“Take the weakest thing in you / And then beat the bastards with it,” Torquil Campbell sings on The North‘s “Hold On When You Get Love and Let Go When You Give It”, distilling his band’s greatest strength into a single inspiring line. In the best Stars songs, weakness isn’t overcome, but rather fetishized and magnified into theater. Since the band’s beginnings over a decade ago, Stars have beaten the bastards with regret, unrequited love, and, perhaps trickiest of all, an unusually affecting nostalgia. Far from superficial retromania, the looking backwards in Stars songs is, first and foremost, personal longing that just happens to be timestamped with era specificity. The reference to “Hand in Glove” on “Walls” and the undeniable New Order influence on “Hold On When You Get Love…” aren’t tacked on, but part of a greater aesthetic.
The approximate ages of the band members combined with these references cements the feeling that nothing summons such potent nostalgia for them as their teen years. Neko Case may sing about holding on to that teenage feeling, but Campbell and his bandmates can’t seem to let it go. On 2003’s Set Yourself On Fire, one of Campbell’s tragically romantic narrators fixates on a “Reunion” with an adolescent flame, and on The North‘s first single, “The Theory of Relativity”, a fast talker who was a “total devastator” in tenth grade stacks up his past to the present and throws in an era-appropriate Big Audio Dynamite reference for good measure. Even when the subjects of their songs have been substantially more adult, Stars have always shined brightest when investing their problems with an adolescent scope, where every emotional wound feels deep and eternal. The band arguably first perfected this formula on Set Yourself on Fire‘s standout “Your Ex-Lover is Dead” on which Campbell and Amy Millan’s ostensibly “over it” one-night-standees silently review their no-strings-attached arrangement in a taxi, as the strings insist otherwise with passionate swells. If Set Yourself on Fire was black and white melodrama, though, 2007’s marvelous In Our Bedroom After the War, was a full-on spectacle in Technicolor. Lurid, blatantly emotional, and musically omnivorous, In Our Bedroom After the War encompassed disco-era Bee Gees, organic R&B, orchestral pop, epic guitar rock, and more. In Stars’ hands, piano ballads about gay soccer hooligans could sound like Les Misérables updates, and a failed personal ad hookup could sound as fatal as a murder ballad.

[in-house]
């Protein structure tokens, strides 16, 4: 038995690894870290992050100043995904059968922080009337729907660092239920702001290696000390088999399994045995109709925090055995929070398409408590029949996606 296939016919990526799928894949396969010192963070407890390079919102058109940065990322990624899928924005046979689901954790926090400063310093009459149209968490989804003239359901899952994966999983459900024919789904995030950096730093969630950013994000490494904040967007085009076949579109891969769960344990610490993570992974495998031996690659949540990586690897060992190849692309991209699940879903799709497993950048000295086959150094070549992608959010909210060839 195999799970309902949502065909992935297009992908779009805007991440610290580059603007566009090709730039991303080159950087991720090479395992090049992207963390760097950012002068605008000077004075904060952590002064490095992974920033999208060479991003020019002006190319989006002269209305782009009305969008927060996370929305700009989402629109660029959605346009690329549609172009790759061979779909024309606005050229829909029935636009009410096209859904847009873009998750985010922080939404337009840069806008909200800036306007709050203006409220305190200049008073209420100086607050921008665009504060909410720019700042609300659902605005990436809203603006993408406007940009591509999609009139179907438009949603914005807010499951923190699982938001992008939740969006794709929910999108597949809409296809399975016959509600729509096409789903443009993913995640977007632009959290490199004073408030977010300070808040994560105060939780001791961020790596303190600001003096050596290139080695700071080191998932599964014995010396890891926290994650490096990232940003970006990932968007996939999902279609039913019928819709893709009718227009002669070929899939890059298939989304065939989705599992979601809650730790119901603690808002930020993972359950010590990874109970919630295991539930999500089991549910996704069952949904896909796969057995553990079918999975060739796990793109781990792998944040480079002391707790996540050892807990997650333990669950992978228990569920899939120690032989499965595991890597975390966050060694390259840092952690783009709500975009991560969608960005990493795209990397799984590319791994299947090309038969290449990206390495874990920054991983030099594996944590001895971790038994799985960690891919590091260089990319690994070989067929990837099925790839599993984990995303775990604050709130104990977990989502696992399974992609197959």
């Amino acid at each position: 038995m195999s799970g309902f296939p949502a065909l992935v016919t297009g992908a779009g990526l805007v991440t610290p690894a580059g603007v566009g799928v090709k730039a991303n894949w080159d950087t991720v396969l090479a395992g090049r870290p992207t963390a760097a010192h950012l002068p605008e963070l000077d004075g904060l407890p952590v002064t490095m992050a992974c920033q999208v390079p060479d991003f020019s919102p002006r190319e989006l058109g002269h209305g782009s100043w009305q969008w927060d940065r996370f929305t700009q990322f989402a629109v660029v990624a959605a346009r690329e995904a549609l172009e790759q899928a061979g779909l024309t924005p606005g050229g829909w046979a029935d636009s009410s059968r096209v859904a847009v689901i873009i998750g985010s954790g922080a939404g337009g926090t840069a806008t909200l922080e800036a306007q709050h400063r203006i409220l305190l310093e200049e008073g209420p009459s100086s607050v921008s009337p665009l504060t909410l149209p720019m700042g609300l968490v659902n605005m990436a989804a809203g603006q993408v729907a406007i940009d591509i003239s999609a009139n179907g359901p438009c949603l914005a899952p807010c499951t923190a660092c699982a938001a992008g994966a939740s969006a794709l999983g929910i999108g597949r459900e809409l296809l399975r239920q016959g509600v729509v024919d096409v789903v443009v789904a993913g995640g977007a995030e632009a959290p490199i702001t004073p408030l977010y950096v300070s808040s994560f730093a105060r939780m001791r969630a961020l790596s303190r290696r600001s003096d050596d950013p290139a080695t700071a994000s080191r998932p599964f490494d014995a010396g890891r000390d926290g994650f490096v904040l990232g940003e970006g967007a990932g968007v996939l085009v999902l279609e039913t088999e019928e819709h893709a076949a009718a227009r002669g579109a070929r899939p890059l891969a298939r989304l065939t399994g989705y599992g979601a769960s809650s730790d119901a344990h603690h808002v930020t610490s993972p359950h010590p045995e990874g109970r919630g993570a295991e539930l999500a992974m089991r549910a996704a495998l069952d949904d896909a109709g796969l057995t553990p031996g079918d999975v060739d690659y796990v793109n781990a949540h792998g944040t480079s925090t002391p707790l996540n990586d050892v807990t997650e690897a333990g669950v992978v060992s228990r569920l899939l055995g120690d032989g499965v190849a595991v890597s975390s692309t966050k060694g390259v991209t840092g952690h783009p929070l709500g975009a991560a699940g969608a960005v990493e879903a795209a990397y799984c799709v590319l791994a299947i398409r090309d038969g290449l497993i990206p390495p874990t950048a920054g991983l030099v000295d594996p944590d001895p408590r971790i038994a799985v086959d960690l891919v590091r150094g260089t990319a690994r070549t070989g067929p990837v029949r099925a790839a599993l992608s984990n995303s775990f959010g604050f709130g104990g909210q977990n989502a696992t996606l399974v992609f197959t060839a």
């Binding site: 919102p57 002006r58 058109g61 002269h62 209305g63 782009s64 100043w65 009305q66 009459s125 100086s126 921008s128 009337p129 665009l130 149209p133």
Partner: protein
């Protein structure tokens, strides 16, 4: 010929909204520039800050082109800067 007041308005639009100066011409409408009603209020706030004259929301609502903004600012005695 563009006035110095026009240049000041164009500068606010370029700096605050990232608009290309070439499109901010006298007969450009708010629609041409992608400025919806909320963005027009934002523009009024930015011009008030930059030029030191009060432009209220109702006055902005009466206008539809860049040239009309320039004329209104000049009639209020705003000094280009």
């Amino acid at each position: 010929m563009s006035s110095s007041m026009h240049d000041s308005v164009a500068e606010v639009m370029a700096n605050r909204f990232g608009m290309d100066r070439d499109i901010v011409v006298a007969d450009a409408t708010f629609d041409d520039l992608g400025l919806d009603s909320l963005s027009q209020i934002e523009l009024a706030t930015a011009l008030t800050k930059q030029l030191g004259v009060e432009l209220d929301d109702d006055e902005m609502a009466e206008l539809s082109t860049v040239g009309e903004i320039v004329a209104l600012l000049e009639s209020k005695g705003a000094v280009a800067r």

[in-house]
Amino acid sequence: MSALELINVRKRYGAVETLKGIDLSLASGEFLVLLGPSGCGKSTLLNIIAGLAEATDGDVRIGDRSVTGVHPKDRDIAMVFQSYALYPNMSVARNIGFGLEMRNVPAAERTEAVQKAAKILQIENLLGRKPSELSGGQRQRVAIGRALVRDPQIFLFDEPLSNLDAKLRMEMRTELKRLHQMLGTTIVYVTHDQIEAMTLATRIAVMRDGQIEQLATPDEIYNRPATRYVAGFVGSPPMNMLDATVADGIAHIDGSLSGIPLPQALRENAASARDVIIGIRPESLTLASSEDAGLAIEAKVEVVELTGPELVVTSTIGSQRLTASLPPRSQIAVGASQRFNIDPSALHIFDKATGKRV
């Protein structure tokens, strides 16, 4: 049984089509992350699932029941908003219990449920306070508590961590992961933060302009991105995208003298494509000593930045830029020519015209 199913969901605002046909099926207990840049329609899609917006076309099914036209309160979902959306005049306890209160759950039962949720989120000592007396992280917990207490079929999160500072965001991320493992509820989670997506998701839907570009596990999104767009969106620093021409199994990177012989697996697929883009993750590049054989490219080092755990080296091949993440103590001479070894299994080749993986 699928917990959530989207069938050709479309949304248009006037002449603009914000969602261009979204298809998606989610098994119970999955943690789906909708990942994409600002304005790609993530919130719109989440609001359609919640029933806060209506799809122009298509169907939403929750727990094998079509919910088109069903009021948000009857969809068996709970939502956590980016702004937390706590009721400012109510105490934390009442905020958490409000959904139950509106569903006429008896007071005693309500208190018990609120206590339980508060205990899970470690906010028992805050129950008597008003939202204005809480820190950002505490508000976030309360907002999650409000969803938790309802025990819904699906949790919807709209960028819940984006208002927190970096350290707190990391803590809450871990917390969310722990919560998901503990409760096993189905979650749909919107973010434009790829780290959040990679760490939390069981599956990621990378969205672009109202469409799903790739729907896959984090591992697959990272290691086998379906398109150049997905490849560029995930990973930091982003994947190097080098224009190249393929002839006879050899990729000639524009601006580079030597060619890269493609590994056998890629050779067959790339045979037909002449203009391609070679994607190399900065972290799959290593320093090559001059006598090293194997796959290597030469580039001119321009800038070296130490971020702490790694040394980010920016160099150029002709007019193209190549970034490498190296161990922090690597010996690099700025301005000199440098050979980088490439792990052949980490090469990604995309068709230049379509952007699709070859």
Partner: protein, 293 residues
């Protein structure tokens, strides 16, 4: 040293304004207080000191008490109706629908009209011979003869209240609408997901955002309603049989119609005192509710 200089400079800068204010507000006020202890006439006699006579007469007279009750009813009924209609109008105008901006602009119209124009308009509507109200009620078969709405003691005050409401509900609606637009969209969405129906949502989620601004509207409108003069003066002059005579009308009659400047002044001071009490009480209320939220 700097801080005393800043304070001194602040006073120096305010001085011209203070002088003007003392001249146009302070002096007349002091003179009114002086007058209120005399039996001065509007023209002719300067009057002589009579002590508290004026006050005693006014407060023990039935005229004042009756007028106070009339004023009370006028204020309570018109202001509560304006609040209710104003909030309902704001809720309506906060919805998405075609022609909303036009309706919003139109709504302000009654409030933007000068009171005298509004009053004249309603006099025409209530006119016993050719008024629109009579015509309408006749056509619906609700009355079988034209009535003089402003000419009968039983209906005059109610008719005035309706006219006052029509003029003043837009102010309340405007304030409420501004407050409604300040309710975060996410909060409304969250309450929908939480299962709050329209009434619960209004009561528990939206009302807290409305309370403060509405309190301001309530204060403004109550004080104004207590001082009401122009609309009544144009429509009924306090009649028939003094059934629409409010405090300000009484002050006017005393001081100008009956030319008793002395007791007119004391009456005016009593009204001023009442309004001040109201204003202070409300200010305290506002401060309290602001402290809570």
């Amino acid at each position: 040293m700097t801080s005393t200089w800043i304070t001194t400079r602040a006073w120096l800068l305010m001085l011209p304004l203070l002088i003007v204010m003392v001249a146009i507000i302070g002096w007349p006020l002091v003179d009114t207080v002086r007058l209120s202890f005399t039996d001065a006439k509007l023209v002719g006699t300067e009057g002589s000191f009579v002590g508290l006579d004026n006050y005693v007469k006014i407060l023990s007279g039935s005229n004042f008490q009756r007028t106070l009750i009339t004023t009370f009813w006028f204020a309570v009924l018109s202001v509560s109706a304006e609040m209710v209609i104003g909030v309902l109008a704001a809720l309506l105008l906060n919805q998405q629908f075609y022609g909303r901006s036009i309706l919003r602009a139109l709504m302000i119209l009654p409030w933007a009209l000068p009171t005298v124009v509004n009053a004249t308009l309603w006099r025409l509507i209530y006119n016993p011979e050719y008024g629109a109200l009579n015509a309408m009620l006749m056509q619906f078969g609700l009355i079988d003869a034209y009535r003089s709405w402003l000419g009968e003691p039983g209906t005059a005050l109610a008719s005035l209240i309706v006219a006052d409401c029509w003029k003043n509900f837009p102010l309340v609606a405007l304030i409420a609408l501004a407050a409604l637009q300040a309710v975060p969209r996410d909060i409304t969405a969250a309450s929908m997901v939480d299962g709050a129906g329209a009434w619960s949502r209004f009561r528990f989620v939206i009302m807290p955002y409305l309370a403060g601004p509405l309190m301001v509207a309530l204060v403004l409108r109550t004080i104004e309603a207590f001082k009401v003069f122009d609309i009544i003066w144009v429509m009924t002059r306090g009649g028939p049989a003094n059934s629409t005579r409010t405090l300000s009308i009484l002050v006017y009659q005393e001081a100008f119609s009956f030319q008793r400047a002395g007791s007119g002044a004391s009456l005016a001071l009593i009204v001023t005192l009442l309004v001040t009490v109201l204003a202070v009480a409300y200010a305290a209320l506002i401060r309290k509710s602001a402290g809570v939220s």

But, to paraphrase the band, when there’s nothing left to burn, you apparently have to set yourself on autopilot. Stars’ last album, 2010’s The Five Ghosts saw Campbell, Millan, Chris Seligman, Evan Cranley, and Pat McGee retreating somewhat to the less dynamic electronic textures of their earliest releases, and, while it was redeemed considerably by some of Millan’s strongest vocal leads, it was the first time in years that a Stars album could be called timid.
On The North, the band does much better at forcing its concerns through the filter of big emotion, yet it’s still plagued by some of the same tasteful understatement as The Five Ghosts, an unfortunate irony considering the transformative power the band assigns to music on both “Hold On When You Get Love and Let Go When You Give It” and “A Song Is a Weapon”. Even if its lyric had been developed beyond trite breakup metaphors, “The Loose Ends Will Make Knots” would still sound like b-side-level Death Cab for Cutie. “Lights Changing Colour” and “Progress” are, respectively, a drab ballad and a one-note electro-pop tune; their shortcomings are even more blatant in light of “Walls”, the album closer that splits the difference between superior versions of the two styles.
The band remains at its most compelling when it goes forcefully gaudy and sentimental, even when it means retreading familiar ground. “Backlines” follows in the straightforward tradition of Millan-sung rockers “Ageless Beauty” and “Fixed”, and it’s just as tuneful, engaging, and necessary. “The Theory of Relativity” may echo previous synth-powered dance-influenced rockers like “The Night Starts Here” and “We Don’t Want Your Body”, but Campbell’s snarky character-acting on lines like “We got a rock DJ / We got a total fuckin’ alcoholic / We got a thing they call a cyber girl / A warm ovation please / For the dude who sold us Ecstacy / He’s building homes now in the new third world” is too good to miss. The ‘50s style duet, “Do You Want to Die Together?” has a fantastic transition that skirts the edges of too much—a modest slap-back echo on the guitar gives way to crunchy distortion on the chorus. But if the best and worst songs on The North prove anything, it’s that Stars should get back to narrowly avoiding “too much” full time.
// Sound Affects
"The man whose songs were recorded by Johnny Cash, Alan Jackson, Ricky Skaggs, David Allan Coe, The Highwaymen, and countless others succumbs to time’s cruel cue that the only token of permanence we have to offer are the effects of shared moments and memories.READ the article